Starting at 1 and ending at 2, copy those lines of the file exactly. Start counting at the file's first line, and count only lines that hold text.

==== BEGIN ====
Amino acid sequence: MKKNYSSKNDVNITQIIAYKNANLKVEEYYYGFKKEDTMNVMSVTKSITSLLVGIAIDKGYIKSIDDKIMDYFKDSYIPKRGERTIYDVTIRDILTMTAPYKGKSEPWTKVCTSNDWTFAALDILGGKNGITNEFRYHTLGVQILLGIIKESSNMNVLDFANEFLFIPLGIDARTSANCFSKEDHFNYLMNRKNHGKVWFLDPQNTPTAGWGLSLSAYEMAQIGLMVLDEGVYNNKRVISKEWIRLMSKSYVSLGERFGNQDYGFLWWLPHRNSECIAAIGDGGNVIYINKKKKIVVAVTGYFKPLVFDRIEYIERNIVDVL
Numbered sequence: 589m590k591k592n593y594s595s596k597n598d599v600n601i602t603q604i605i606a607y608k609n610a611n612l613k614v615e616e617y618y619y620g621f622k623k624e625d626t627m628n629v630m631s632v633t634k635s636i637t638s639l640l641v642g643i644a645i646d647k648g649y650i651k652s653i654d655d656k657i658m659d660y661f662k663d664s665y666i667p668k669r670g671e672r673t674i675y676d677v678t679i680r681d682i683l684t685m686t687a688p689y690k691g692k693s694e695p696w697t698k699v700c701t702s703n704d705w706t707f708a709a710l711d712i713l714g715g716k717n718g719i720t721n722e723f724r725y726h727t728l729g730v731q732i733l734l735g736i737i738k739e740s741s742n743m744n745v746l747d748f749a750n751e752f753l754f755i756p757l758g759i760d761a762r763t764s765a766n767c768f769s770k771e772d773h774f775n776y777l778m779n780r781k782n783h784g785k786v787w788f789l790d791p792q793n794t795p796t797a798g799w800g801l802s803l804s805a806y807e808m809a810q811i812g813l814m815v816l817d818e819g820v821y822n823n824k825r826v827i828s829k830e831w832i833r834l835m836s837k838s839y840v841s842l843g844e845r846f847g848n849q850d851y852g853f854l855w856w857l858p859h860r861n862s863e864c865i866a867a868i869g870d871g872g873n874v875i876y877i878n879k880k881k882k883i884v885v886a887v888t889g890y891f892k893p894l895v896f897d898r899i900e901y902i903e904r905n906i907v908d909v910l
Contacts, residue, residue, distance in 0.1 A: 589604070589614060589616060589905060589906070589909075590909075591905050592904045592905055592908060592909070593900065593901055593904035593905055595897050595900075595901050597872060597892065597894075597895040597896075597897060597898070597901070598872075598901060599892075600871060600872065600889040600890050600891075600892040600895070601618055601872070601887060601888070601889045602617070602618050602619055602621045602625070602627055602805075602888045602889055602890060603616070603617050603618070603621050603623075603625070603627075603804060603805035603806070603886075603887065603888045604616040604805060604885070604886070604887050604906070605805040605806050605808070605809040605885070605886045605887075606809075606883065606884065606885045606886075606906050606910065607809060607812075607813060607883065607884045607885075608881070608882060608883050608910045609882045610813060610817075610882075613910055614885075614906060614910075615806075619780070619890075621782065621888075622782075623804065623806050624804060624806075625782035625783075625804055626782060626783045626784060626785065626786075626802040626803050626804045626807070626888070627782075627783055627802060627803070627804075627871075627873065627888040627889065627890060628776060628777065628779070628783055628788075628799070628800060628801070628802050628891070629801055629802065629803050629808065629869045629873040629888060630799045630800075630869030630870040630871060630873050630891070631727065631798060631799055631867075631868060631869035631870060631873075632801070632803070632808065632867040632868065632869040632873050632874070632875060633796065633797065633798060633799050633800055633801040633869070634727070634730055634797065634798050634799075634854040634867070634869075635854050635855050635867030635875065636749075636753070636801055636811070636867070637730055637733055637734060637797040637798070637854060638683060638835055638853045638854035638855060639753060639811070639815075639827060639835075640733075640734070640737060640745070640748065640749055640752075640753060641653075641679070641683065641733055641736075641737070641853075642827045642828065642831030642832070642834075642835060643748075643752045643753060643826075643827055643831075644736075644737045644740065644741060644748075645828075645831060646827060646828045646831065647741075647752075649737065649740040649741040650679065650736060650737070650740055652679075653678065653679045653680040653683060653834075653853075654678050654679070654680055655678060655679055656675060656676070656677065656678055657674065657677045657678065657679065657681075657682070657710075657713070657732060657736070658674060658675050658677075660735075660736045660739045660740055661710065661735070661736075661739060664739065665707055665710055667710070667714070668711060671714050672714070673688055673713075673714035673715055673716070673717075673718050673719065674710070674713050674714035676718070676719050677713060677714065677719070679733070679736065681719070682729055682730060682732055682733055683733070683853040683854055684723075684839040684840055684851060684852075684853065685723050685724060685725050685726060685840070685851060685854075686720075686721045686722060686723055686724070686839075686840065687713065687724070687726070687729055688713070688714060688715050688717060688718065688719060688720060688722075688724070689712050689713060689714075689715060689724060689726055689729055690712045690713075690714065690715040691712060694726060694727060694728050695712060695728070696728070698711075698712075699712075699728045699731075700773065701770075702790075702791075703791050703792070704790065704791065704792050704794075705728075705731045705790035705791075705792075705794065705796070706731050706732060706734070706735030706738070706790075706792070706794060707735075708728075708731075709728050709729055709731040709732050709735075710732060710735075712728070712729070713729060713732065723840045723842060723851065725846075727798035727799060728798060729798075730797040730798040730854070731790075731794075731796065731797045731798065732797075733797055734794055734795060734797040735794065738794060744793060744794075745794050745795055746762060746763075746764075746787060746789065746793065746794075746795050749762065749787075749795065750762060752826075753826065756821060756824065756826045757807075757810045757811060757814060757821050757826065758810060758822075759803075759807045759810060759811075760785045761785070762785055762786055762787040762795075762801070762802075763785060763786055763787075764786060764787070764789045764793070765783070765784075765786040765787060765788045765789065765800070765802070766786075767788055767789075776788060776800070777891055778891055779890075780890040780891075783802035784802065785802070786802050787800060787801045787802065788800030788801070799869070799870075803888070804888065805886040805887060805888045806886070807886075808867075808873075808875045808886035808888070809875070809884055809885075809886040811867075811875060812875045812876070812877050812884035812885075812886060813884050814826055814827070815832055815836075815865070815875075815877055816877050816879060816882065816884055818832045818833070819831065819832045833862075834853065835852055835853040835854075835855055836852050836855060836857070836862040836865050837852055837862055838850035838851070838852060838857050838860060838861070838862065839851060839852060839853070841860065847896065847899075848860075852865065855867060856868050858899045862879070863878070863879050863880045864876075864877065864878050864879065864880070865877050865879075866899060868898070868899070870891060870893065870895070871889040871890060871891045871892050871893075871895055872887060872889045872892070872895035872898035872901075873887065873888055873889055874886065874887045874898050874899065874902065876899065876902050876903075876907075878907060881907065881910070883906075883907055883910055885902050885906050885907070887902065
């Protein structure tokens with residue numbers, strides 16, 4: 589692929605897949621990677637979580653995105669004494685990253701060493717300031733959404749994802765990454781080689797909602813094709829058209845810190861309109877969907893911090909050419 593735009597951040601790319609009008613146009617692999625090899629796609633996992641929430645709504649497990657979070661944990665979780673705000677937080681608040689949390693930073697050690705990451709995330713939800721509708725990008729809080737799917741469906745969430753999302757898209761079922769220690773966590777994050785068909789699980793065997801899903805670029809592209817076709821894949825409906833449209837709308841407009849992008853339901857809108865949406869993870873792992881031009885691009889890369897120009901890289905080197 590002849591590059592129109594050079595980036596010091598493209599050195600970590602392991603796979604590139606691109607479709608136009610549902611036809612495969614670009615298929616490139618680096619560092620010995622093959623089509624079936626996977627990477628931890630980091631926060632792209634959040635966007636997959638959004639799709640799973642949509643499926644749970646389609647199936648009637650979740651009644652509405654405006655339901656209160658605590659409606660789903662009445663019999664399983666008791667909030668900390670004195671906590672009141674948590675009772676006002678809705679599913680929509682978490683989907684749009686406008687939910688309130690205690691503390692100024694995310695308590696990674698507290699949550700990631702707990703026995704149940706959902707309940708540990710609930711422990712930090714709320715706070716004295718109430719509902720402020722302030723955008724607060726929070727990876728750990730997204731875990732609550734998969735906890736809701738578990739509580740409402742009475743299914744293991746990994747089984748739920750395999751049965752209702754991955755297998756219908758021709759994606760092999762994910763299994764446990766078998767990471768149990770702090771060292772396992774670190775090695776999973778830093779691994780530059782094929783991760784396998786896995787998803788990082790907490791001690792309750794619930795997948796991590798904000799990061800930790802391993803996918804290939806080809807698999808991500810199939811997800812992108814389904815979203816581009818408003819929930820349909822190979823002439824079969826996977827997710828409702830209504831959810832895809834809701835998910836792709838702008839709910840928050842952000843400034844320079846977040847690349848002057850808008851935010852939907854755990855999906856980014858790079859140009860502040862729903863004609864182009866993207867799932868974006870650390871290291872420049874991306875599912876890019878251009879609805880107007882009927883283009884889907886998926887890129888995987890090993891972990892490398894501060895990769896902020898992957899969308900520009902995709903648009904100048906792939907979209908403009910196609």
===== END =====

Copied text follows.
Amino acid sequence: MKKNYSSKNDVNITQIIAYKNANLKVEEYYYGFKKEDTMNVMSVTKSITSLLVGIAIDKGYIKSIDDKIMDYFKDSYIPKRGERTIYDVTIRDILTMTAPYKGKSEPWTKVCTSNDWTFAALDILGGKNGITNEFRYHTLGVQILLGIIKESSNMNVLDFANEFLFIPLGIDARTSANCFSKEDHFNYLMNRKNHGKVWFLDPQNTPTAGWGLSLSAYEMAQIGLMVLDEGVYNNKRVISKEWIRLMSKSYVSLGERFGNQDYGFLWWLPHRNSECIAAIGDGGNVIYINKKKKIVVAVTGYFKPLVFDRIEYIERNIVDVL
Numbered sequence: 589m590k591k592n593y594s595s596k597n598d599v600n601i602t603q604i605i606a607y608k609n610a611n612l613k614v615e616e617y618y619y620g621f622k623k624e625d626t627m628n629v630m631s632v633t634k635s636i637t638s639l640l641v642g643i644a645i646d647k648g649y650i651k652s653i654d655d656k657i658m659d660y661f662k663d664s665y666i667p668k669r670g671e672r673t674i675y676d677v678t679i680r681d682i683l684t685m686t687a688p689y690k691g692k693s694e695p696w697t698k699v700c701t702s703n704d705w706t707f708a709a710l711d712i713l714g715g716k717n718g719i720t721n722e723f724r725y726h727t728l729g730v731q732i733l734l735g736i737i738k739e740s741s742n743m744n745v746l747d748f749a750n751e752f753l754f755i756p757l758g759i760d761a762r763t764s765a766n767c768f769s770k771e772d773h774f775n776y777l778m779n780r781k782n783h784g785k786v787w788f789l790d791p792q793n794t795p796t797a798g799w800g801l802s803l804s805a806y807e808m809a810q811i812g813l814m815v816l817d818e819g820v821y822n823n824k825r826v827i828s829k830e831w832i833r834l835m836s837k838s839y840v841s842l843g844e845r846f847g848n849q850d851y852g853f854l855w856w857l858p859h860r861n862s863e864c865i866a867a868i869g870d871g872g873n874v875i876y877i878n879k880k881k882k883i884v885v886a887v888t889g890y891f892k893p894l895v896f897d898r899i900e901y902i903e904r905n906i907v908d909v910l